Turning 60 is a bitch. Seriously, it really is. Even in the land of high maintenance.
Anticipation starts months before the actual date. As each day creeps closer, all the previous decades before it are dragged like a 10-ton load in all their shame. I am only speaking for women, as I have no first hand experience of what it feels like for a man to turn 60. But I do know that anyone's 60th birthday has to be spectacular, and so my husband turned 60 smiling. There is something about knowing that if you are blessed, in 10 fast-flying years you will be 70. That, my friends, is shocking because, let's face it, no matter how many times we say that 60 is the new 40, 70 is old no matter how you slice it. So when you celebrate your arrival into your sixth decade, the holy-shit-I've-got-10-maybe-15-good-years-left button goes off automatically, rattling your very bones which by now have started to eek and creek a bit.
Last week, I gave my good friend Samantha (a pseudo name as the birthday girl has too many friends to have invited them all) a 60th birthday luncheon. I wanted it to be special from the get-go, because I love this particular Sam and know what a 60th can feel like having crossed that line two years ago myself. Approaching it is gnarly; I don't care how much you've got going. With a husband and two great kids and what is indeed a cushy life, I did not enter laughing. No, I definitely feel, if at all possible, that one should pull out all of the stops and love a friend into that decade.
And so did the birthday girl, which is a very good thing. My own rule to live by is that I always eat my favorite foods on my birthday. Whatever it is, and for whatever meal -- and I definitely choose my own birthday cake. Joy that good food (and cake) is, it should be part of the special day, and even more so when it's a biggie. Being very wise and intuitive, and also having impeccable social skills, Sam, when I asked how and what she wanted for her birthday celebration at my house, made her birthday wishes known. (This is so important to do, these big birthdays can go either way, emotionally speaking...) She made a guest list that was the perfect size for one long table and invited people from every decade in her life from far and wide to come. Sam and I got together over coffee a few weeks before with another friend of hers, a woman I've known through Sam and liked but didn't know well. She and I were the birthday committee co-hosts, there to facilitate and manifest our pal's transition, which, I've gotta say, was no small feat. This Sam, she's no small potatoes in the hosting arena. She does dinners, salons and art parties, all of them very tasty and well-done affairs, as well as lots of fun.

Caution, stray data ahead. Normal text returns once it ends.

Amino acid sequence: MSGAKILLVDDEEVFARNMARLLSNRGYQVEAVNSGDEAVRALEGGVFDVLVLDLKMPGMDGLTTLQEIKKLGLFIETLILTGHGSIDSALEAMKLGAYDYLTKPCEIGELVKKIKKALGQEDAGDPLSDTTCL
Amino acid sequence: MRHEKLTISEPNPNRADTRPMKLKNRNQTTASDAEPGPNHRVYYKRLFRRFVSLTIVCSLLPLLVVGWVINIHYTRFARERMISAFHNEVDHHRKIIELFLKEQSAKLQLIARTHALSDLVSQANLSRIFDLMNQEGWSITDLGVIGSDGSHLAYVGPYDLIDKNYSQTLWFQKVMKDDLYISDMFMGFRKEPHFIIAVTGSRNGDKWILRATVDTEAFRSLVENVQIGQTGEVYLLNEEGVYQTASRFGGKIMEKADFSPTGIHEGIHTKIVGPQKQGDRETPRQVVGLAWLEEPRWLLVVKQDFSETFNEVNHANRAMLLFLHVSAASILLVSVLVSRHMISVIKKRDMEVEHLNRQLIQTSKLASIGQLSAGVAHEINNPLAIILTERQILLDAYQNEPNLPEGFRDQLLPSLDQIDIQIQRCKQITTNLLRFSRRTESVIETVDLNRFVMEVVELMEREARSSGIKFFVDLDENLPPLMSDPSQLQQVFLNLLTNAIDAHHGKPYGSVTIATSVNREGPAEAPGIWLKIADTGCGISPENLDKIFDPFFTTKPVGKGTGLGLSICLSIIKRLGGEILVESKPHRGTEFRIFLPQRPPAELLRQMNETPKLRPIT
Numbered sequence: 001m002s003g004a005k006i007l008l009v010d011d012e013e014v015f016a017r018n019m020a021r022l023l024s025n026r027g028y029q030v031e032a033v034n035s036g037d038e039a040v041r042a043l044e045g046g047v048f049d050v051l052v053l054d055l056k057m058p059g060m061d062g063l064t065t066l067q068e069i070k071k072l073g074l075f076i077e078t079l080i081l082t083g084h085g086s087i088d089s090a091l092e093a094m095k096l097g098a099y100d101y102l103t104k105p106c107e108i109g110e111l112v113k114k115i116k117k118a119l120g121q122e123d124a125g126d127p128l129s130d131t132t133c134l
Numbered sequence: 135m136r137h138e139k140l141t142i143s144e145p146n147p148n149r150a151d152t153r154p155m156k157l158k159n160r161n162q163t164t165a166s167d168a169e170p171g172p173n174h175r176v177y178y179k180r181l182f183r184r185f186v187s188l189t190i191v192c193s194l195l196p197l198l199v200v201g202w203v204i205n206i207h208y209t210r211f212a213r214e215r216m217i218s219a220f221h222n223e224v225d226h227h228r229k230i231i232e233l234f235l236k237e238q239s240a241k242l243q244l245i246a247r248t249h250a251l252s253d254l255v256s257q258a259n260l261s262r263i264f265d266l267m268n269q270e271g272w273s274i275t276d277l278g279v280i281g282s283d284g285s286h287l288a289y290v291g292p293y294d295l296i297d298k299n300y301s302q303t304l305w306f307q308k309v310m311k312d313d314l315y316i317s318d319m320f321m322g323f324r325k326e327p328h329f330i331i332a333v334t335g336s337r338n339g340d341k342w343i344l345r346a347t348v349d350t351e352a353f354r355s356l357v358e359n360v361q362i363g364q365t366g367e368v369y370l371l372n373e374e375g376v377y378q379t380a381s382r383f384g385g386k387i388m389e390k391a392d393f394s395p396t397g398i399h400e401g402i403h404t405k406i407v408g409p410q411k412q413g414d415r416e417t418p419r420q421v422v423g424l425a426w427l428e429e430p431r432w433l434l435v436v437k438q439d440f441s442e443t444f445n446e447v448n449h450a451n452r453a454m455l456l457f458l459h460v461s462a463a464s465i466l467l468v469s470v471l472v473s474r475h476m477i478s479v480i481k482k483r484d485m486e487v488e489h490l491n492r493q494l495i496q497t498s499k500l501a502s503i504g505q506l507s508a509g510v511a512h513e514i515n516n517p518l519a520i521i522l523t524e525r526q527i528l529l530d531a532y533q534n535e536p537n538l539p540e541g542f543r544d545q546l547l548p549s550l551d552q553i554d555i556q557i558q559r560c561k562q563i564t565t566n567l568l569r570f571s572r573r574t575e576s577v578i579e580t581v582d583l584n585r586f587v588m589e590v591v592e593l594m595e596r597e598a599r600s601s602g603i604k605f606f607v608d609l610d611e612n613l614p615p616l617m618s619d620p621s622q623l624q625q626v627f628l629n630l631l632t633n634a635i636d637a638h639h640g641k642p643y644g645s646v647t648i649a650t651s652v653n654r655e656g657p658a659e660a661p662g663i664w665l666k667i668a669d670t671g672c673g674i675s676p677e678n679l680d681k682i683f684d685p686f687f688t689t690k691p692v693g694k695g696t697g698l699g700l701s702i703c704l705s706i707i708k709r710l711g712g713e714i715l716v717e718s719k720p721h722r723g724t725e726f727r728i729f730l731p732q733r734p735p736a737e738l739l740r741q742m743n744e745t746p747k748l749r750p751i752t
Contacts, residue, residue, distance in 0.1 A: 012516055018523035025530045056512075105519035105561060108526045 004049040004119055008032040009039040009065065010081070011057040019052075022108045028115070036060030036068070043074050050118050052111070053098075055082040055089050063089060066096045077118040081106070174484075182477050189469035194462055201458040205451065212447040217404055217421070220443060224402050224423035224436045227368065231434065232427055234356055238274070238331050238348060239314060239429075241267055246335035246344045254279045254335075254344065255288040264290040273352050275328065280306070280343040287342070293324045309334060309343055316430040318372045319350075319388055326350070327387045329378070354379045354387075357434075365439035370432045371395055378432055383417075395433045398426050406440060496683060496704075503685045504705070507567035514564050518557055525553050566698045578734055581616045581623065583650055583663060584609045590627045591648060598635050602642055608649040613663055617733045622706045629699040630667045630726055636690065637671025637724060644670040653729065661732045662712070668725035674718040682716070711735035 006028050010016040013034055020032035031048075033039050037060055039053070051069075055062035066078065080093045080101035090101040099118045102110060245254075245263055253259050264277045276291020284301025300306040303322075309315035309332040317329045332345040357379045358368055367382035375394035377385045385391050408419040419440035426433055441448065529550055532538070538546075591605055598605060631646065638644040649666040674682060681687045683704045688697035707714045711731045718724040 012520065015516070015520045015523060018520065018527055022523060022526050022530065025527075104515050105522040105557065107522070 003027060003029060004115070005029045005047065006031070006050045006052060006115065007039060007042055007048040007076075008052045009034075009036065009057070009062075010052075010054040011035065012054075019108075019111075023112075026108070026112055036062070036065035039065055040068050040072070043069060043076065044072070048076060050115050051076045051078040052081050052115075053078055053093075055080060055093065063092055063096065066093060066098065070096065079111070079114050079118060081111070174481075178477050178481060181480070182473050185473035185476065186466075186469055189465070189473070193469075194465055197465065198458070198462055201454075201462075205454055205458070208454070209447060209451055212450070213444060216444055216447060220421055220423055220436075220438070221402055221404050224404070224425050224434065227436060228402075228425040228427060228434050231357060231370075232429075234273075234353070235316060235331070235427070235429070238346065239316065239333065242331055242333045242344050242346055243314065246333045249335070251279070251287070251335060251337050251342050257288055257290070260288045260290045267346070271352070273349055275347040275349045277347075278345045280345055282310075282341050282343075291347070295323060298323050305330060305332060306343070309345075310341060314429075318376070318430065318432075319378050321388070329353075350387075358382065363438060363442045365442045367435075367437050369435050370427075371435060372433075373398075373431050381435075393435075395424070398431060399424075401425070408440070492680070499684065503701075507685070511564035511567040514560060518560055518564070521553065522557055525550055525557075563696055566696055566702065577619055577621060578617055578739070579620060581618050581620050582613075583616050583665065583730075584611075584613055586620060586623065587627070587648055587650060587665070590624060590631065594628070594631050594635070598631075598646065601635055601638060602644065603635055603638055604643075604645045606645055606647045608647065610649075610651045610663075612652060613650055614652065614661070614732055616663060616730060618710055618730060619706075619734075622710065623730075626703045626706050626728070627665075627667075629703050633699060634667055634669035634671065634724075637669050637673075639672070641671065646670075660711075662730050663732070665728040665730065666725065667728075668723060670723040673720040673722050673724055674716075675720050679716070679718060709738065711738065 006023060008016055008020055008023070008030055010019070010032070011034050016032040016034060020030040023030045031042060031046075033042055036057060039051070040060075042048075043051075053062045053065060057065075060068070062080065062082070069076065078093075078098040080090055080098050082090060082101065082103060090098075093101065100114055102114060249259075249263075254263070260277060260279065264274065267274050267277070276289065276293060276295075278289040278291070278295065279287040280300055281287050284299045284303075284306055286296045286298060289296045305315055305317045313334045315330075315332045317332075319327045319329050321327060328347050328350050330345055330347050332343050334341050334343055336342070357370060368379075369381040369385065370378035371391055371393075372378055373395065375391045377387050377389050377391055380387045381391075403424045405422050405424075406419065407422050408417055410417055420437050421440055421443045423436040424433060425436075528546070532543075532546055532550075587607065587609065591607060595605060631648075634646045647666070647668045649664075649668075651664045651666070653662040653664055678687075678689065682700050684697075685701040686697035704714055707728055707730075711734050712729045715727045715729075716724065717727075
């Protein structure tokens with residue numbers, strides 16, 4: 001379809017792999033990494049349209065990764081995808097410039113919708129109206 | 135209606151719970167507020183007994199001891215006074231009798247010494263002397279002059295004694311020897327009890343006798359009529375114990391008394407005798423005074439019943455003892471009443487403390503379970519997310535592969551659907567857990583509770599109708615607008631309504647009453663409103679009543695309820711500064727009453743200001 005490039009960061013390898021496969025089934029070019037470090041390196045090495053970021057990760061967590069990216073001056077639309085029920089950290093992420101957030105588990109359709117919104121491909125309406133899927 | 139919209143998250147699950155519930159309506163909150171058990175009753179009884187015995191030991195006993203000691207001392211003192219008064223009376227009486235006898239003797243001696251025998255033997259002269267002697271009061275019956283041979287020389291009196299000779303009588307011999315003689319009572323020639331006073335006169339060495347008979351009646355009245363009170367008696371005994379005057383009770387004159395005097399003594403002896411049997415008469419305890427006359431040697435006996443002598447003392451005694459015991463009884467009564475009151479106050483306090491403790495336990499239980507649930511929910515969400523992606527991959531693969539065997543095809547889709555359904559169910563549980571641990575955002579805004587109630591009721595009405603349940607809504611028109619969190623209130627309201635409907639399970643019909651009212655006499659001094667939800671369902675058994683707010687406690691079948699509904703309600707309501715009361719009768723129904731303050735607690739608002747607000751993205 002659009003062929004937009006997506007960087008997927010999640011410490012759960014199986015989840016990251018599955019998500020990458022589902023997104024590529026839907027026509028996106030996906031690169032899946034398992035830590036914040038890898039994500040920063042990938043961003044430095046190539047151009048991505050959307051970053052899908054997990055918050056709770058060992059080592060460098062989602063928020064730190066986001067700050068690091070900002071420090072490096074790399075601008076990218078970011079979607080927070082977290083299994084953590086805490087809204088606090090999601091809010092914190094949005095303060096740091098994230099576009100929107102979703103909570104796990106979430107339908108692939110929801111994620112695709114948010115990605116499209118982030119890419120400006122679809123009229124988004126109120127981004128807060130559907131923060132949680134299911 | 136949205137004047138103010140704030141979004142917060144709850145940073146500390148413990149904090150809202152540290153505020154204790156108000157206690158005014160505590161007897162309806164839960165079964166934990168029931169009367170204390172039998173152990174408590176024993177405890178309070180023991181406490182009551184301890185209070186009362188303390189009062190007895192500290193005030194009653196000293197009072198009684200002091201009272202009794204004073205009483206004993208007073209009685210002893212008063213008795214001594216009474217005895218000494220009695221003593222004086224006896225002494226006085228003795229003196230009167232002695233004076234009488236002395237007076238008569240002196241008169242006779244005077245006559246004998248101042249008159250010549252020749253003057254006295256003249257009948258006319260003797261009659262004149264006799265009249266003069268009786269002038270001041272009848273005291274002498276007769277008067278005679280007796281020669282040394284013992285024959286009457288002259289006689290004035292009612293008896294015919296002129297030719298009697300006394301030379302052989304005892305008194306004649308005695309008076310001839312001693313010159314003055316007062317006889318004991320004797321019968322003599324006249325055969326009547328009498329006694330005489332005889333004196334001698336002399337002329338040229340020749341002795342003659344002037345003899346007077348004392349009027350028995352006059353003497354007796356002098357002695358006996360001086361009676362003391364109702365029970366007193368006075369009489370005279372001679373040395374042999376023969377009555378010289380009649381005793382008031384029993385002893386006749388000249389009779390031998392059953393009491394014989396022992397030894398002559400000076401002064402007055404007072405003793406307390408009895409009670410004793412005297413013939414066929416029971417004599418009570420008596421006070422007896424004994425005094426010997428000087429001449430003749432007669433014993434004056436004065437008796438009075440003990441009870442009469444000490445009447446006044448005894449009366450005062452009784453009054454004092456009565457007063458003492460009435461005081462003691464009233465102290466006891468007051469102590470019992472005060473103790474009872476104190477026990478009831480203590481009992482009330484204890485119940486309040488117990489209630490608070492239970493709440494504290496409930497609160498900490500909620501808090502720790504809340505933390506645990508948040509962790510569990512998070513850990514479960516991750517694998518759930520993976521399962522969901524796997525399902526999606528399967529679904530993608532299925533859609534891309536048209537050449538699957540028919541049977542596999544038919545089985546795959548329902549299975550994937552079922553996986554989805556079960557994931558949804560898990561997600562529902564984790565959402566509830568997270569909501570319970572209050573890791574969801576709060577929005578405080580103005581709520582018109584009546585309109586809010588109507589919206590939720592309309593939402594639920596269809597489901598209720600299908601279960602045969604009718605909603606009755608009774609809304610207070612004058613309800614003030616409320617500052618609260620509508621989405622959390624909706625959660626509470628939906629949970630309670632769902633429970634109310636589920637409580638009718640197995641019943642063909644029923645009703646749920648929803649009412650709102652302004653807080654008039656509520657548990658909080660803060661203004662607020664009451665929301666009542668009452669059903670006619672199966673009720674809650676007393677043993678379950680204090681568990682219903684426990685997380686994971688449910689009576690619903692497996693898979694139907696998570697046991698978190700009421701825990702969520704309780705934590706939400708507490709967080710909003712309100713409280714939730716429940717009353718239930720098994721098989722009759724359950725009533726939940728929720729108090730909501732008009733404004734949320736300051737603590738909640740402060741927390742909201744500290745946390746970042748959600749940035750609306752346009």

The bar was high.
My co-host, who became the art department/executive producer, was such a must if you are ever thinking of giving a friend a "big" birthday party. Mine is a photographer/videographer by trade, so she did all the invitations, place cards (by hand) and made a spectacular collage of Sam's life from age one up to the present, with many pictures of the women at the lunch. This was a surprise as well as a big hit. She handled RSVPs and emailed back and forth with me several times a day about various minor details that are what producing anything well is all about. Through this process I got the blessing of a new friend -- I miss the co-host!